Jan. 10 (UPI) -- China says it doesn't want Japan to dismiss the issue of "comfort women," who were forced to serve in Japanese wartime brothels.
Chinese foreign ministry spokesman Lu Kang said Wednesday at a regular press briefing Beijing's position on the issue of the victims has not changed, South Korean news service News 1 reported Wednesday.
"China's position on the comfort women issue is clear," Lu said. "Japan must address the concerns of its Asian neighbors and the international community, and deal with them responsibly."
Lu made the statement in response to a question regarding a 2015 compensation agreement that is in dispute between Seoul and Tokyo.
South Korean President Moon Jae-in has said the agreement with Japan was "seriously flawed" and made without proper consultation.
By Tuesday, Seoul said it would not renegotiate the official agreement, following strong reactions from Tokyo regarding the Moon administration's response to the deal.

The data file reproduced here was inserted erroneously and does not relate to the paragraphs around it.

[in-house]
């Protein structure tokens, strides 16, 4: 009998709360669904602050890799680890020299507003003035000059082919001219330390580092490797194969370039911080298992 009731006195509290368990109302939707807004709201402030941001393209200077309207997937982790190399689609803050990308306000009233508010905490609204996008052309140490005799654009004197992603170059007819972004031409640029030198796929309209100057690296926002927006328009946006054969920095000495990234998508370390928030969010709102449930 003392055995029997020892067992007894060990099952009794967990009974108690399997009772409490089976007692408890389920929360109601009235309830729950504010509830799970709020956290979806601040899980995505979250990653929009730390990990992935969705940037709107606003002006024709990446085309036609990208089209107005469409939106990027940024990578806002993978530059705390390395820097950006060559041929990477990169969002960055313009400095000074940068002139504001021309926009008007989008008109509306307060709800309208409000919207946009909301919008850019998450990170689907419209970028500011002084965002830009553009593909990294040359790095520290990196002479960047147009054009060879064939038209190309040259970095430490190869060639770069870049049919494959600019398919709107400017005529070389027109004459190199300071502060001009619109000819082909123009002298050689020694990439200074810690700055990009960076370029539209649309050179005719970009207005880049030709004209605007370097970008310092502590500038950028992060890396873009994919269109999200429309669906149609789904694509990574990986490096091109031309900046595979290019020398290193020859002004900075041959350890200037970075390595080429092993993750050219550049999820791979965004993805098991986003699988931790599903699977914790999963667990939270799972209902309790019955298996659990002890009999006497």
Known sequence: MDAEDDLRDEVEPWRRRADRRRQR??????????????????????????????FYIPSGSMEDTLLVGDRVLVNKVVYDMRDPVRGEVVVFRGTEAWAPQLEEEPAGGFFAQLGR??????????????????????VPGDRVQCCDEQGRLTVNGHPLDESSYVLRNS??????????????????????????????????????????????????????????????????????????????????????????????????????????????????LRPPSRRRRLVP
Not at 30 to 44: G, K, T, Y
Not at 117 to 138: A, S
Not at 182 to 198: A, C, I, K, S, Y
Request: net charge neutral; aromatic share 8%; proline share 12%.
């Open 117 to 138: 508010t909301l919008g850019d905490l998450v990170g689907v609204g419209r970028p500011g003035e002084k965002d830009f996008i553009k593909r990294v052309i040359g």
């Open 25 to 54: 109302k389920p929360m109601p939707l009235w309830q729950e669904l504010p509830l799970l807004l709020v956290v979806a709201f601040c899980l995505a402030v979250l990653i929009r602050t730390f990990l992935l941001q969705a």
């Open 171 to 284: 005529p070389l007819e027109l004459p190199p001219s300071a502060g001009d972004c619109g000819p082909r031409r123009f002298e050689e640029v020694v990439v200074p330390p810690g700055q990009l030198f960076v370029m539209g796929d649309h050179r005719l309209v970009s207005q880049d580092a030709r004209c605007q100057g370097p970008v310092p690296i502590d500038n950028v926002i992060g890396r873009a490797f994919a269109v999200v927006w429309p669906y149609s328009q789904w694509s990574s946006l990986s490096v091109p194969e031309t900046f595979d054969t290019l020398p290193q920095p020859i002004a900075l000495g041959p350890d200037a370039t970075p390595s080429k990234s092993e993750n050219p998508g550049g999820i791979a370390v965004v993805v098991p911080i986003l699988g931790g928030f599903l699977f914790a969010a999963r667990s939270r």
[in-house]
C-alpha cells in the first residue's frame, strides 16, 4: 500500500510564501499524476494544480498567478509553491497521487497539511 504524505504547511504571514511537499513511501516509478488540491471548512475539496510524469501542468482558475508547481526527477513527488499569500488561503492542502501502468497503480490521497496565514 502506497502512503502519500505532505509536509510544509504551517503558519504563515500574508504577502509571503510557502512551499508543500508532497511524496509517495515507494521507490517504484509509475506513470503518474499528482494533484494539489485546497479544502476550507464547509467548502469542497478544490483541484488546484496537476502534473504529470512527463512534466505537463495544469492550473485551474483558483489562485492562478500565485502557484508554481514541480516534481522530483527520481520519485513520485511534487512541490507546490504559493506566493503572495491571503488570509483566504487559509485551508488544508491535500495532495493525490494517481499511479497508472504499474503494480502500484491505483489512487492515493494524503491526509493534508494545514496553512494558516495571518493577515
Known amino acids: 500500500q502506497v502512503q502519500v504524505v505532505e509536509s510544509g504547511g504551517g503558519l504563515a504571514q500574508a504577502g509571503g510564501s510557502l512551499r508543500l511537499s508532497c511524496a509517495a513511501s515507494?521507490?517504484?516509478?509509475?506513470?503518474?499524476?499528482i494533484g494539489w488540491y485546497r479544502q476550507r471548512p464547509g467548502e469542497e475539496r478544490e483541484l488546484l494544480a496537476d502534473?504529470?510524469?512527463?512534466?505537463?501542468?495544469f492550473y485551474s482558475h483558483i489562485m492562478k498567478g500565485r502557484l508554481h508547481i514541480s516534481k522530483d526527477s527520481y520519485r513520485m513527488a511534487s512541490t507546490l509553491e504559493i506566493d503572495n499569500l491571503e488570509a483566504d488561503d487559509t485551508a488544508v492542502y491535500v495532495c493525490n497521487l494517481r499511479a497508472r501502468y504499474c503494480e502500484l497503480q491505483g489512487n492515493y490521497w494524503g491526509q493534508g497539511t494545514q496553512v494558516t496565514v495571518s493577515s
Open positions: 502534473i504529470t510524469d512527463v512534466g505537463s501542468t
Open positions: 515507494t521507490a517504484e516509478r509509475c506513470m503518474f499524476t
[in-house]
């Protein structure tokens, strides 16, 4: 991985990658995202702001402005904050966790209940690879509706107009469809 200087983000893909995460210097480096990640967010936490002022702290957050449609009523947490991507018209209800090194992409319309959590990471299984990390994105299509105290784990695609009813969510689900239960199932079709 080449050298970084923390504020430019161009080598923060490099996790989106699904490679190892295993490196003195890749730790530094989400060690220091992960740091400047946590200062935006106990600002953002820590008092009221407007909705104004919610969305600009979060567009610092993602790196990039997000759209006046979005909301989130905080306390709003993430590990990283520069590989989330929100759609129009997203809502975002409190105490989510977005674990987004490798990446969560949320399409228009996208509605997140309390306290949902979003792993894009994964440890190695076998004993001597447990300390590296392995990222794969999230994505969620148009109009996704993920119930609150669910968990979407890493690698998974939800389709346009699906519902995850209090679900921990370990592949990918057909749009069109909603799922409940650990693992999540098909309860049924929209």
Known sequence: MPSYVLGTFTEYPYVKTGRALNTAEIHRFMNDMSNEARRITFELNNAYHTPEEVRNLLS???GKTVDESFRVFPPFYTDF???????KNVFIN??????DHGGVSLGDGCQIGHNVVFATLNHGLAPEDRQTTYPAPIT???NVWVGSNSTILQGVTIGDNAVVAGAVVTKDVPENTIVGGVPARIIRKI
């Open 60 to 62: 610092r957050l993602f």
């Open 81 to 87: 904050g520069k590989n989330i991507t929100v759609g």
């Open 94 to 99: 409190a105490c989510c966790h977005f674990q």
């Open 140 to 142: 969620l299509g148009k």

On Wednesday, Beijing appeared to be siding with Seoul on the matter.
"This is an issue related to historical justice," Lu said.
China also has comfort women, survivors who may have been forcibly recruited into Japanese military quarters during Japan's incursions into continental Asia during World War II.
Comfort women in China, Taiwan and the Philippines have been less vocal in demanding compensation and redress from the Japanese government than in South Korea, where the women are better organized and work with a coalition of activists.
South Korean news agency Yonhap reported Lu also said Japan should address other issues of history.
Beijing and Tokyo have frequently been at odds over the actual number of people killed in the 1937 Rape of Nanking, when, according to China, Japanese forces slaughtered 300,000 civilians.
Japanese sources have said the figure is lower, and ranges between 40,000 and 200,000.